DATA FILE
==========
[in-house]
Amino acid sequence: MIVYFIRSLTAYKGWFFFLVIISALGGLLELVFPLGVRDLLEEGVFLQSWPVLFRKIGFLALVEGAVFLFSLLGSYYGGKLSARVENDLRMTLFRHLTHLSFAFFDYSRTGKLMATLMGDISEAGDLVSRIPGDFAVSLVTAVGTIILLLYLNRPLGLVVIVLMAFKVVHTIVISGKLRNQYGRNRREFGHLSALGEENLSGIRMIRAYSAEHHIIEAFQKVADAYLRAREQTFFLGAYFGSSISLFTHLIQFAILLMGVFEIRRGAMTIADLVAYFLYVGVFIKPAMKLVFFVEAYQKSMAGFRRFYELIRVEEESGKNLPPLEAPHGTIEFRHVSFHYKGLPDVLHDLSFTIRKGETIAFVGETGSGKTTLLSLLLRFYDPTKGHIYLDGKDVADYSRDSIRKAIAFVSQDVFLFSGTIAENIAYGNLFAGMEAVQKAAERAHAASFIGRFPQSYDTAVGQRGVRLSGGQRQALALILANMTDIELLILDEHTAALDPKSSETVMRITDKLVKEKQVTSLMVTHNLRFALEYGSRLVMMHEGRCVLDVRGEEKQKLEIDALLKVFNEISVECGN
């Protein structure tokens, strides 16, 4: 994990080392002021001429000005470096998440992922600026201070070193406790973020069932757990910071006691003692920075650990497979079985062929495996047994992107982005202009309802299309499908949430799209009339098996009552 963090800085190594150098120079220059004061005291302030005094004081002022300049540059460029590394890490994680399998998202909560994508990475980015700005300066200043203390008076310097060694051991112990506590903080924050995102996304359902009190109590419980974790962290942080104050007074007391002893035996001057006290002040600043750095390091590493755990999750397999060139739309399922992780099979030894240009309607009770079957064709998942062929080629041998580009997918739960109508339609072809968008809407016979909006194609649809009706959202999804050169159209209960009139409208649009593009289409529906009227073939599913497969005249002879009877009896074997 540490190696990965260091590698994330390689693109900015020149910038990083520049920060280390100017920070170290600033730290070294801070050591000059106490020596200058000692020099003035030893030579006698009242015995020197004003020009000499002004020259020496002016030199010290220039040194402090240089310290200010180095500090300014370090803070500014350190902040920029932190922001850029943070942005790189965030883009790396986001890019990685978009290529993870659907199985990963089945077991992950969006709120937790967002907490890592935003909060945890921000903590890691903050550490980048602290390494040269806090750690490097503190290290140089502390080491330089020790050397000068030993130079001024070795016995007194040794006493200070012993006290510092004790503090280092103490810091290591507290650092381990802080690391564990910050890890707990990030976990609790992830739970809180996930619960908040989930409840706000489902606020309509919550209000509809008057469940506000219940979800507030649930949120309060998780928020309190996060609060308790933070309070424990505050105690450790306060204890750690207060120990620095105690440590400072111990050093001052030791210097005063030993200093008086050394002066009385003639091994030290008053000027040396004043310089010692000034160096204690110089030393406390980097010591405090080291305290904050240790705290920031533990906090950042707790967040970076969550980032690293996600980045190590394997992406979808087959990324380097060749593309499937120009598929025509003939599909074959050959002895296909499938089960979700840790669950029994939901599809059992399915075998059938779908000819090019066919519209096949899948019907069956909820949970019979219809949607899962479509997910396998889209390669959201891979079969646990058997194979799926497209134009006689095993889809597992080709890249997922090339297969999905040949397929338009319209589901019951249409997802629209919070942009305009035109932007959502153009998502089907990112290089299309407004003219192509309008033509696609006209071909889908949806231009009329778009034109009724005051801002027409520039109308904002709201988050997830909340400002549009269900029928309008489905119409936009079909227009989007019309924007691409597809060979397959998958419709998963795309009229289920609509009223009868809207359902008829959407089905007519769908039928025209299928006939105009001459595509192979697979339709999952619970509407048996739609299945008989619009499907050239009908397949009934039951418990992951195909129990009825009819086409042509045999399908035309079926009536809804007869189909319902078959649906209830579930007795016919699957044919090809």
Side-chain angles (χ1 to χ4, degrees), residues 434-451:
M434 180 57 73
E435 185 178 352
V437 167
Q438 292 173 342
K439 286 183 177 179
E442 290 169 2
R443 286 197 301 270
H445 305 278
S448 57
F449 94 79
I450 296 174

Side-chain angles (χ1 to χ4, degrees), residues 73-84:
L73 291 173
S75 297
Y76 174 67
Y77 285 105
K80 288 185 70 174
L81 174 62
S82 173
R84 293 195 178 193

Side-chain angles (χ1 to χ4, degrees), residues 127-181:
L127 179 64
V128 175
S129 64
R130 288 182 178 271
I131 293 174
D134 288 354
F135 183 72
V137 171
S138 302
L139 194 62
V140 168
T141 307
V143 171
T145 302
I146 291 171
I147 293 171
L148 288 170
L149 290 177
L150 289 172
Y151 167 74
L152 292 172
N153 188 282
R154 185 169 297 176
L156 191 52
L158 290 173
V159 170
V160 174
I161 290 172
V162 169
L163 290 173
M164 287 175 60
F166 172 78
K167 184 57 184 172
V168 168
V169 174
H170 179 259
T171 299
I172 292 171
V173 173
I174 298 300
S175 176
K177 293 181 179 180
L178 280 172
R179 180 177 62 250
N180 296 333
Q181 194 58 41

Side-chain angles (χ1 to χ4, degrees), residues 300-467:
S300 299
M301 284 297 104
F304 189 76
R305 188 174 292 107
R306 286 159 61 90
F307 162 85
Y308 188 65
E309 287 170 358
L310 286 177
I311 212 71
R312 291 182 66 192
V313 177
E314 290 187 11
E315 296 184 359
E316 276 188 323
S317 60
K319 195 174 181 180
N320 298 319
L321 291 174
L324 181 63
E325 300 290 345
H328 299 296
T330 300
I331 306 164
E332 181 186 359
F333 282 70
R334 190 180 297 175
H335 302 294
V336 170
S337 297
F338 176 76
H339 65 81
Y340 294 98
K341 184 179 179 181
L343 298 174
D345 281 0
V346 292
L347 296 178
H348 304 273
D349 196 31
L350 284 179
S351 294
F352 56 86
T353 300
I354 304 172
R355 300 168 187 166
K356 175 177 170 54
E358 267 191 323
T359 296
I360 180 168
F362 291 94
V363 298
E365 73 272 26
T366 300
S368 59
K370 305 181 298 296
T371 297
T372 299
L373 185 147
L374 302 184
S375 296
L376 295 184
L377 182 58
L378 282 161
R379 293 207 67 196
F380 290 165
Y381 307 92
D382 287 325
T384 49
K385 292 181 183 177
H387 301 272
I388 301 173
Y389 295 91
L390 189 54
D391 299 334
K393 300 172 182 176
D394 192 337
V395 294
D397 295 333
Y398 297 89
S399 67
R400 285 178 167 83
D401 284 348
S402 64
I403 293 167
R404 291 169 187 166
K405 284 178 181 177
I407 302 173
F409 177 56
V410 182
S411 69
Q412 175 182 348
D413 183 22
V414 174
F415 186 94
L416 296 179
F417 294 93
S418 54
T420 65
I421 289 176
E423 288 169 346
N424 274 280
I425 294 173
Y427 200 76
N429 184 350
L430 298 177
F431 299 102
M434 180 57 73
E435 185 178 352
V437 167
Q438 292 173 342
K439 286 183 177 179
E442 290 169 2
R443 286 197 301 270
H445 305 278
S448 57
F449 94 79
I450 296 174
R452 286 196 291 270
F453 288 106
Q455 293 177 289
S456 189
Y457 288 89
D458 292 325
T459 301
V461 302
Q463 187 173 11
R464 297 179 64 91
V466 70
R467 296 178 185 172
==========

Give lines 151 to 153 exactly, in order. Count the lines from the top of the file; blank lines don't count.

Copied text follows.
D397 295 333
Y398 297 89
S399 67